World J Surg Surg Res | Volume 3, Issue 1 | Research Article | Open Access
Nisar A Chowdri1, Salim Nazki2*, Zamir Ahmad Shah3 and Gowhar Aziz Bhat4
1Department of General and Minimal Invasive Surgery and Colorectal Division, Sher-i-Kashmir Institute of Medical
Sciences Srinagar, India
2Department of General Surgery, Sher-i-Kashmir Institute of Medical Sciences Srinagar, India
3Department of Cardiovascular and Thoracic Surgery, Sher-i-Kashmir Institute of Medical Sciences Srinagar, India
4Department of Colorectal Surgery, Sher-i-Kashmir Institute of Medical Sciences Srinagar, India
*Correspondance to: Salim NazkiFulltext PDF
Background: A sphincter saving technique known as Ligation of Intersphincteric Fistula Tract
(LIFT) has become popular for treatment of fistula-in-ano. This technique involves ligation and
division of the fistula tract in the intersphincteric space without using any biological material.
Aim: The aim of the study was to see the feasibility and results of LIFT technique in managing
different types of fistula-in-ano and the postoperative complications and recurrence rates.
Method: A prospective study conducted in the department of colorectal surgery, a division of
General and Minimal Invasive Surgery, Sher-i-Kashmir Institute of Medical Sciences (SKIMS)
Srinagar over a period of 26 months. Patients with fistula-in-ano were enrolled for the study.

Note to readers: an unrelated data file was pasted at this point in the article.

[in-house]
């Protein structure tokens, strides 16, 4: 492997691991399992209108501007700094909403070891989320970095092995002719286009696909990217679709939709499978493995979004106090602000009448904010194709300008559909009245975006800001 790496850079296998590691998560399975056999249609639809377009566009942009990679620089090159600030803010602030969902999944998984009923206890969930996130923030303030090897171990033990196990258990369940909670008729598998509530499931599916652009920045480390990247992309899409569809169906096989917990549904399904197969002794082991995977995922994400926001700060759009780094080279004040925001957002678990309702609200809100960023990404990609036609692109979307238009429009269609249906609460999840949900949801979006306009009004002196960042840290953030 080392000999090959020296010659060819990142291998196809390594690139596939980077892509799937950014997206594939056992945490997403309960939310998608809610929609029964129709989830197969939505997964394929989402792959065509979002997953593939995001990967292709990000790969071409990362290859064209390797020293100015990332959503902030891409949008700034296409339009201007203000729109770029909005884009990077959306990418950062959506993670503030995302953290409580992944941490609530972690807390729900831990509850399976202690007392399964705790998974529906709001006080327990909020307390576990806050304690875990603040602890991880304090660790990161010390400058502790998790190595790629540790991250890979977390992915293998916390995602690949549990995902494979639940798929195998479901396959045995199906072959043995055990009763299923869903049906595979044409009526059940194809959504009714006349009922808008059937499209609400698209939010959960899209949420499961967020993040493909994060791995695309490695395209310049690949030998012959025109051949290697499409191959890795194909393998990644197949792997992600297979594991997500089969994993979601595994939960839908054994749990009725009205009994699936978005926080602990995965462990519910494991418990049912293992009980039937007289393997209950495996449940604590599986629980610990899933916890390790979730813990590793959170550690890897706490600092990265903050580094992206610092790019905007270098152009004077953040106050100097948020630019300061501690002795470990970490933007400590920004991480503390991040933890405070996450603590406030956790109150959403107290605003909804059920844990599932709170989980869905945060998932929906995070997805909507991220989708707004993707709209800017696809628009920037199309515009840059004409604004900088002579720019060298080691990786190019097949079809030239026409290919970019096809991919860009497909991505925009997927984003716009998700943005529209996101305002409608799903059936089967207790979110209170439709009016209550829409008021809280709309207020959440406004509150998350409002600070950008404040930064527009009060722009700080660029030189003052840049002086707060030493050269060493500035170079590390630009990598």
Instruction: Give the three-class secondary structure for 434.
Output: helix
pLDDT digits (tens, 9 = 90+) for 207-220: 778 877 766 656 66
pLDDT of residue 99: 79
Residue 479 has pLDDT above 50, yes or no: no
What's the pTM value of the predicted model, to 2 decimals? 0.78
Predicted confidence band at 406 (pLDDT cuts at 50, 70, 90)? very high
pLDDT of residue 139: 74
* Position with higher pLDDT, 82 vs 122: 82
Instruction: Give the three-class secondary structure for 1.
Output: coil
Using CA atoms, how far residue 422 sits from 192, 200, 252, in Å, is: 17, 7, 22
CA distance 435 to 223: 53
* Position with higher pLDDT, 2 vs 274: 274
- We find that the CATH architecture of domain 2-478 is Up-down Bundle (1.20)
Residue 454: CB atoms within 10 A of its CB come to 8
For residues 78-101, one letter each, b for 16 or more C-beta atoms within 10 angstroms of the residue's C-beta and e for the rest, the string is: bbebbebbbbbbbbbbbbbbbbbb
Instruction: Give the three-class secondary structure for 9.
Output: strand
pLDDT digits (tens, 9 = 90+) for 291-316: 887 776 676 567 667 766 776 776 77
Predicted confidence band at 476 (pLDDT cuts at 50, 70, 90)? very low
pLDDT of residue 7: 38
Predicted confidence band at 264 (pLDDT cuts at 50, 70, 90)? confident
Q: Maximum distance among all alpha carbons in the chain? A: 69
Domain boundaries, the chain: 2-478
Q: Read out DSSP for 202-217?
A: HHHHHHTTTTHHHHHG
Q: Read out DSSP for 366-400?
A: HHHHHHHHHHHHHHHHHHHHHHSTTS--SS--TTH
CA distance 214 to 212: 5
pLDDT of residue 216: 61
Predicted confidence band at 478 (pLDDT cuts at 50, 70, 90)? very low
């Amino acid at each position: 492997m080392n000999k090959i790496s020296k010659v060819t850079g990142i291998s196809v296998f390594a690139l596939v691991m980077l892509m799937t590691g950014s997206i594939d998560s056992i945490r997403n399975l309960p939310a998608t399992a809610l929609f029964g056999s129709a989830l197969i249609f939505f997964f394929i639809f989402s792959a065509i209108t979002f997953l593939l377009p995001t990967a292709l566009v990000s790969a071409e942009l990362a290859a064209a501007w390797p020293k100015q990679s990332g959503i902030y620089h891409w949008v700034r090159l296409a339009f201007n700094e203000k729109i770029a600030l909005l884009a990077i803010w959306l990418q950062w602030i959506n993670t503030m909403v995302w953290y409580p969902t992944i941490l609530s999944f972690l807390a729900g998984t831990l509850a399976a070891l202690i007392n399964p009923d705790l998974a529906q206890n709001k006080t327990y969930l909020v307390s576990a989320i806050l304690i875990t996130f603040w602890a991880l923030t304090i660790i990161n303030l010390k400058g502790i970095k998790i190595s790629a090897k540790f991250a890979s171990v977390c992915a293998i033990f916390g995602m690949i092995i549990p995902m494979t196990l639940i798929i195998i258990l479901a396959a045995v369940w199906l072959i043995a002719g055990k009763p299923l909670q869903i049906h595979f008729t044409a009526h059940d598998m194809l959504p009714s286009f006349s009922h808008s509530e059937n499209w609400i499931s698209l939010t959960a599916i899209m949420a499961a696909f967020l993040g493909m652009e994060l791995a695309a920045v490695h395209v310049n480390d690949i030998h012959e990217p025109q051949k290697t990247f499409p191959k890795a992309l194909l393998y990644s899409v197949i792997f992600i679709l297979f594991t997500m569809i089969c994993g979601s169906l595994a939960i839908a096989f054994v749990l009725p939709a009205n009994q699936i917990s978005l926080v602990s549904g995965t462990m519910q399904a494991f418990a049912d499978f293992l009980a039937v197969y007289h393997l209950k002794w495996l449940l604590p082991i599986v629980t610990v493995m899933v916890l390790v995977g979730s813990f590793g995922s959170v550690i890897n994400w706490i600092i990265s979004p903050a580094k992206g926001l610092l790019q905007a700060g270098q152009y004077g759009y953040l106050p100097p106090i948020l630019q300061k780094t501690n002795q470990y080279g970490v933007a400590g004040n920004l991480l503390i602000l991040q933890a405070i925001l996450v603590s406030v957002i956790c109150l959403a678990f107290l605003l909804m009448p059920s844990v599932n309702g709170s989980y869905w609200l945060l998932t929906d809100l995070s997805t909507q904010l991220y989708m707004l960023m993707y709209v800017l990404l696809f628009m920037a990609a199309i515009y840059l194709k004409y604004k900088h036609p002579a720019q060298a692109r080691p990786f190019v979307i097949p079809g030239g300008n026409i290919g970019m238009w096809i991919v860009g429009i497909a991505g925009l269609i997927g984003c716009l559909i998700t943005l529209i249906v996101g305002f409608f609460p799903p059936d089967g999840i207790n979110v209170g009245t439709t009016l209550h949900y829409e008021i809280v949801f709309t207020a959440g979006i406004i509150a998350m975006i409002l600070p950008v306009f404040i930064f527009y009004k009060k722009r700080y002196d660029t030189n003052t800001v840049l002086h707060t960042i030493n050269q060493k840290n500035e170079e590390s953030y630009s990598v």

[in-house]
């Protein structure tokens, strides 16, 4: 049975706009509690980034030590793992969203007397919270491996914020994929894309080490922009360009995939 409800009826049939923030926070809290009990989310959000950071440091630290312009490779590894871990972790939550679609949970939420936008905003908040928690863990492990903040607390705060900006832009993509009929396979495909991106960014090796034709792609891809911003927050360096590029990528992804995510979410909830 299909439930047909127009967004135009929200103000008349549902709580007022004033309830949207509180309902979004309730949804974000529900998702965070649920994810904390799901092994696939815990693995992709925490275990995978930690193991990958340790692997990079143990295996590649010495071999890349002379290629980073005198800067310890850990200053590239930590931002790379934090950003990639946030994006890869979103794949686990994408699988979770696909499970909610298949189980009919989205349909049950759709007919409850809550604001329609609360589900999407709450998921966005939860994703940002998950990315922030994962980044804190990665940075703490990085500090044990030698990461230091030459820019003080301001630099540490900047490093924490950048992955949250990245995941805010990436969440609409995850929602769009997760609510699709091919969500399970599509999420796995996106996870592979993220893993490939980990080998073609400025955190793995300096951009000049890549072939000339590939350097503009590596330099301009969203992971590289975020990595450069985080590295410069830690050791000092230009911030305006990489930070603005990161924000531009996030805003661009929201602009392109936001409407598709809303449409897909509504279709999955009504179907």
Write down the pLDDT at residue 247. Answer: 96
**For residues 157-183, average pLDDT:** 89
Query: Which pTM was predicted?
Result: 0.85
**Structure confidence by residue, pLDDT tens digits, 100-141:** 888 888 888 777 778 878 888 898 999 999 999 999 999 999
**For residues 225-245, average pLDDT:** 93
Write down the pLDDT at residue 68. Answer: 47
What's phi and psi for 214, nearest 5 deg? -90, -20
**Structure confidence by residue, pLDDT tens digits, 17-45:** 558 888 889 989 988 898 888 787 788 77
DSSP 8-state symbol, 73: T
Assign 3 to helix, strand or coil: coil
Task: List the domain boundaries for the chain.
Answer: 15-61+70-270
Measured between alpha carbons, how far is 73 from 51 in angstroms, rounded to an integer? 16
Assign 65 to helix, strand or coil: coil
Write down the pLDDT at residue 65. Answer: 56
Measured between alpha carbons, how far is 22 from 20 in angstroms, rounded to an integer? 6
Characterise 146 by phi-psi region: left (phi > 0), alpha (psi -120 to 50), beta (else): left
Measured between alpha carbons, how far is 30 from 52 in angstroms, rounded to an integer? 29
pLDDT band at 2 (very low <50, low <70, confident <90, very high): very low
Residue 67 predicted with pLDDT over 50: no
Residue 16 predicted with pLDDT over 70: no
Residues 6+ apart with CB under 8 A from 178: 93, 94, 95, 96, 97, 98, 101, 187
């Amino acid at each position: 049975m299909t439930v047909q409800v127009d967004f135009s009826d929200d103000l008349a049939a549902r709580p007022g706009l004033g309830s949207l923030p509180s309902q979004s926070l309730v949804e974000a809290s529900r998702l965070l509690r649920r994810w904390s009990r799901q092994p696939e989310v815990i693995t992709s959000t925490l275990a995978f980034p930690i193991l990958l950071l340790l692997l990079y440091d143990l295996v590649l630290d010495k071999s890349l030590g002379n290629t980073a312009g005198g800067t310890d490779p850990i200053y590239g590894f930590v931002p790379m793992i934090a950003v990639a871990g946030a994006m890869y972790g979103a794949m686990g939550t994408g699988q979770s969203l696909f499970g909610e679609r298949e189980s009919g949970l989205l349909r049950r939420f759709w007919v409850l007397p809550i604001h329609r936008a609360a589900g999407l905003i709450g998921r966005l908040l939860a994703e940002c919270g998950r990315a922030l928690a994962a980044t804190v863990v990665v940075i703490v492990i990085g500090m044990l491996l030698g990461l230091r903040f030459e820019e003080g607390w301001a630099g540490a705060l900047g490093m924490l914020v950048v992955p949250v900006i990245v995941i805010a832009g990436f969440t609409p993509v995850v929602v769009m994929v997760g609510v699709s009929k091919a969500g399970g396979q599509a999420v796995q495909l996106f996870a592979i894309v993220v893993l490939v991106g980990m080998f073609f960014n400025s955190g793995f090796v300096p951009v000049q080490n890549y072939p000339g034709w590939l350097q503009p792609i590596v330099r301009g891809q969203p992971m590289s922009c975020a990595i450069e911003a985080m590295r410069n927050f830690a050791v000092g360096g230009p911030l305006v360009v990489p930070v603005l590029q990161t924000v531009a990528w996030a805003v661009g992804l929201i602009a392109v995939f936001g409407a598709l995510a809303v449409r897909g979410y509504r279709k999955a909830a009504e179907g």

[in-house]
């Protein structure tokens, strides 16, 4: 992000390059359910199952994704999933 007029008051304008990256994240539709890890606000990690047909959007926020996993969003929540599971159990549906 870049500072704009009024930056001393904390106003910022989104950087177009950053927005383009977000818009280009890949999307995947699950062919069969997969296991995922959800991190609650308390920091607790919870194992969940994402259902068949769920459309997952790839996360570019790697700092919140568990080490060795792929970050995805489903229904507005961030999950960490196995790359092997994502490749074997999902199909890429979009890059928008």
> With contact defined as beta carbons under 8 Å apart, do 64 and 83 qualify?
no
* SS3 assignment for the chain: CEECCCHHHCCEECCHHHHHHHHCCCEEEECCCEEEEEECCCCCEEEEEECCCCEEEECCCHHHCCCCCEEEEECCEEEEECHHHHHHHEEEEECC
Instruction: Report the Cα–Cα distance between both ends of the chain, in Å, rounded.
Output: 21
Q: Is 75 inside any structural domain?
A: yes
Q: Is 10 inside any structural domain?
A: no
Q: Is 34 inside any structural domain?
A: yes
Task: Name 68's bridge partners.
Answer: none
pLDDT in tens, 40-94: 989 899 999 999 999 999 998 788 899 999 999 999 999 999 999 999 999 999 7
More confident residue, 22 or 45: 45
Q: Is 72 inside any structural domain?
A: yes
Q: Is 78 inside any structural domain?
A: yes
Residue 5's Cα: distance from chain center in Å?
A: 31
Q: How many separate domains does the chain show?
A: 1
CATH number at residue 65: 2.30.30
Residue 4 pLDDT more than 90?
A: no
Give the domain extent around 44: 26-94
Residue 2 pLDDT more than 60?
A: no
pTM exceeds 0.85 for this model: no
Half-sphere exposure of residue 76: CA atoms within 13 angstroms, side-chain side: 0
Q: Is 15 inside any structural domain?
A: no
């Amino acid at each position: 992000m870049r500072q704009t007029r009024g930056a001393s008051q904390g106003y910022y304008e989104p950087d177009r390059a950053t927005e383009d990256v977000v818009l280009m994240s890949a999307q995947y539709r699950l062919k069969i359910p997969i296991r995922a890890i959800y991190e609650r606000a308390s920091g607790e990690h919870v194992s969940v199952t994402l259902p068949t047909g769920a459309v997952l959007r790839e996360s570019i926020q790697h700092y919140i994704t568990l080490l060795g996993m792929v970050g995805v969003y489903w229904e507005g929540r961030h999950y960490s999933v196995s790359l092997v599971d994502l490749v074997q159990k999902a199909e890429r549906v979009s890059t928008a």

Detailed history, clinical examination & evaluation were done as per the protocol. Patients were
subjected to standard surgical treatment. LIFT was used where found to be feasible depending on
type and nature of fistula. All patients were followed regularly and results analyzed statistically.
Results: The LIFT technique seems to be safe and simple but our study revealed that only 38.2%
cases of all Fistula-in-Ano could be treated by this technique. Procedure is difficult in patients
having horse shoe fistula, non-location of internal opening or tract, scarring due to previous surgery
multiple tracts, complex fistulas, abscesses, high fistula, curved and short tract. None of the patients
had post-operative incontinence however 6.4% had post-operative infection and 12.9% had wound
dehiscence. Recurrence was observed in only one patient. Most of the patients (77.41%) had less than
1 day stay in hospital post procedure. On satisfaction score, 67.74% patients who underwent LIFT
technique were satisfied and 22.58% were non-satisfied. The median follow up was 17.6 months.
Conclusion: The ligation of the intersphincteric fistula tract technique for fistula-in-ano surgery,
which aims at total anal sphincter preservation is safe and easy to perform but has its demerits too.
Further modifications are needed to treat the complex fistulae and fistulas having multiple tracts.
Chowdri NA, Nazki S, Shah ZA, Bhat GA. Ligation of Intersphincteric Fistula Tract (LIFT) For Fistula-in-Ano: Feasibility and Our Experience. World J Surg Surgical Res. 2020; 3: 1209..